are sagging. In 2008, DVD shipments dropped to their lowest levels in five
years. Executives worry that the economic downturn will persuade more users
to watch stolen shows and movies.
Young people, in particular, conclude that if it’s so easy, it can’t be
wrong, said Richard Cotton, the general counsel for NBC Universal.
People have swapped illegal copies of songs, television shows and movies on
the Internet for years. The slow download process, often using a peer-to-peer
technology called BitTorrent, required patience and a modicum of sophistication
by users. Now, users do not even have to download. Using a search engine,
anyone can find free copies of movies, still in theaters, in a matter of minutes.
Classic TV, like every
Seinfeld episode ever produced, is also free for
the streaming. Some of these digital copies are derived from bootlegs, while
others are replicas of the advance review videos that studios send out before a
TorrentFreak.com, a Web site based in Germany
that tracks which shows are most downloaded, estimates that each episode of
Heroes, a series on NBC, is downloaded five million times, representing
a substantial loss for the network. (On TV,
Heroes averages 10 million
American viewers each week).
A wave of streaming sites, which allow people to start watching video
immediately without transferring a full copy of the movie or show to their hard
drive, are making it easier than ever to watch free Hollywood content online.
Many of these sites are located in countries with lackluster piracy enforcement
efforts, like China, and are hard to monitor, so media companies do not have a
clear sense of how much content is being stolen.
— Brian Stelter and Brad Stone, New York Times (2009-02-04): Digital Pirates Winning Battle With Studios
Of course, the New York Times has mistaken this for a
problem; but if you recognize that the Intellectual Protectionists’ restrictive business model is the real problem, what we’re now seeing is the solution. Not because the copyright laws have become even a little more liberal, but rather because they have become irrelevant to people’s daily lives. Even though everything Patry says about the legal situation is true, it becomes easier every day for me to find freely-shared copies of just about any song I could care to hear, or to find any number of supposedly copyrighted essays, available for free on the web, or to find any movie I could care to watch, whether it’s an old classic from the film-monopolist’s vaults, or a new release that just hit theaters. And because so much is so freely available, even officially-sanctified copies of copyrighted material are being dropped in price (typically below US $1.00 a pop) and DRM user-control schemes are being dropped one after another. Even though everything Patry says about the legal situation is true, the practical situation on the ground is remarkably good, and it’s getting better every day. Of course, things are far from perfect. Of course, lots of copyright-holders are still looking for a fight with people trying to exchange ideas without paying a premium for a license. And of course, the legal situation is such that they can get pretty nasty, if they scout you out come after you on the legal battlefield. But first they have to scout you out. First, they have to get you to fight them on the open ground. And every day, they are finding their efforts more and more impossible. No matter how many big guns they may bring to bear, when they try to fight us, they find that they are fighting a Myrmidon army that renders those weapons increasingly useless.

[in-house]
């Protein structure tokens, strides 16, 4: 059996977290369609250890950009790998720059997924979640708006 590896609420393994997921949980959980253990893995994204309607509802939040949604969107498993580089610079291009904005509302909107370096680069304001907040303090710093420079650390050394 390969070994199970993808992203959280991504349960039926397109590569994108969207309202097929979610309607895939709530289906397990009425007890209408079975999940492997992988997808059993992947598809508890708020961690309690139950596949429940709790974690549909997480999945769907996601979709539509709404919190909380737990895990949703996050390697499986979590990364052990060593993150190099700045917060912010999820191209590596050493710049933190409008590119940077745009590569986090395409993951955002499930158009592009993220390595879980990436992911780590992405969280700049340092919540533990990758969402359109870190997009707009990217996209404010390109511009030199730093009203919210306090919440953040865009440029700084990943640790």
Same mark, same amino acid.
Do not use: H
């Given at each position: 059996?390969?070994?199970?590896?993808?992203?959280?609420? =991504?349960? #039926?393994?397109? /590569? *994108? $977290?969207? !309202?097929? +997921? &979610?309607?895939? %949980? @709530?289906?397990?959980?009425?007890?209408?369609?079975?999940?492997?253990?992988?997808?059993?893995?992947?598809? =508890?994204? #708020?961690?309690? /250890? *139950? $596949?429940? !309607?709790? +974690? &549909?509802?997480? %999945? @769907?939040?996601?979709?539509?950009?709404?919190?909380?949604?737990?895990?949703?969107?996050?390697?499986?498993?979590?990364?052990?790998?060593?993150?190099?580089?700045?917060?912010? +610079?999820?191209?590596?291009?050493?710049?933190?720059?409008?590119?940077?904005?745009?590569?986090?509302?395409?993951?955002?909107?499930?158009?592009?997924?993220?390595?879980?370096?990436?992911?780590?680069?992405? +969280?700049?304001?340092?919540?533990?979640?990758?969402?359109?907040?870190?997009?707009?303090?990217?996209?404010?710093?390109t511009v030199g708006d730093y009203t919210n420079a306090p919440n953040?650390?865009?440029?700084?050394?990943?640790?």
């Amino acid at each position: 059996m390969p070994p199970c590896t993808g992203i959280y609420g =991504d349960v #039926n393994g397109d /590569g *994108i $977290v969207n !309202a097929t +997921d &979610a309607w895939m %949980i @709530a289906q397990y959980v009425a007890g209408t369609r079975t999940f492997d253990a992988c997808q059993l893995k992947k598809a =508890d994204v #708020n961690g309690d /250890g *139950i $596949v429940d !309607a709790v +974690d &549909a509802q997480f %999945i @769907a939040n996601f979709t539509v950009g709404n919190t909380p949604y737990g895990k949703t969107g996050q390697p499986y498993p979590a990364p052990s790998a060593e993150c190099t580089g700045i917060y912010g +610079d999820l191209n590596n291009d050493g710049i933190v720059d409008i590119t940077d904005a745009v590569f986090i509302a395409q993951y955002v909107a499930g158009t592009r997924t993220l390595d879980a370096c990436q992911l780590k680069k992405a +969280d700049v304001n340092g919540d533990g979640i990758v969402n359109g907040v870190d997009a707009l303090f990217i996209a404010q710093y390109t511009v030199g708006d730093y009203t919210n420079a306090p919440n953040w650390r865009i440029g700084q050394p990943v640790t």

So why Bill Patry’s despair? If you want to see copyright restrictions liberalized, then it may be true that the words on a page in Washington are worse than they’ve ever been; but the facts on the ground are perhaps better than they’ve been at any other time in the history of the United States. And while there is no hope for revising those words for the better any time soon, the facts are changing for the better every day, all their lawyers and their lobbyists and their intergovernmental treaties notwithstanding — they are improving daily as technical problems are solved, as new sharing networks emerge, and as the problem of even identifying the competition, let alone shutting them down, becomes more and more overwhelming for the copyrightists’ rear-guard legal strategy.
Why despair, or even care about the legal situation at all, if the practical situation makes the law irrelevant? A law that cannot be enforced is as good as a a law that has been repealed, and that is where we’re headed, faster and faster every day, when it comes to the intellectual monopolists and their jealously guarded legal privileges.
Statists constantly accuse anarchists of being naive, or utopian, or infantile, because we so often question the value of
playing the game and
working within the system. But if this is supposed to be a strategy based on the empirical prospects for success — and not just on some kind of felt need to come off as properly Serious and Grown Up to the right sort of people — then let’s look at the facts, and let’s see what kind of activity actually offers proven results, and realistic hope for success in the future.
If you put all your hope for social change in legal reform, and if you put all your faith for legal reform in maneuvering within the political system, then to be sure you will find yourself outmaneuvered at every turn by those who have the deepest pockets and the best media access and the tightest connections. There is no hope for turning this system against them; because, after all, the system was made for them and the system was made by them. Reformist political campaigns inevitably turn out to suck a lot of time and money into the politics—with just about none of the reform coming out on the other end. But if you put your faith for social change in methods that ignore or ridicule their parliamentary rules, and push forward through grassroots direct action — if your hopes for social change don’t depend on reforming tyrannical laws, and can just as easily be fulfilled by widespread success at bypassing those laws and making them irrelevant to your life — then there is every reason to hope that you will see more freedom and less coercion in your own lifetime. There is every reason to expect that you will see more freedom and less coercion tomorrow than you did today, no matter what the law-books may say.
Counter-economics gets the goods.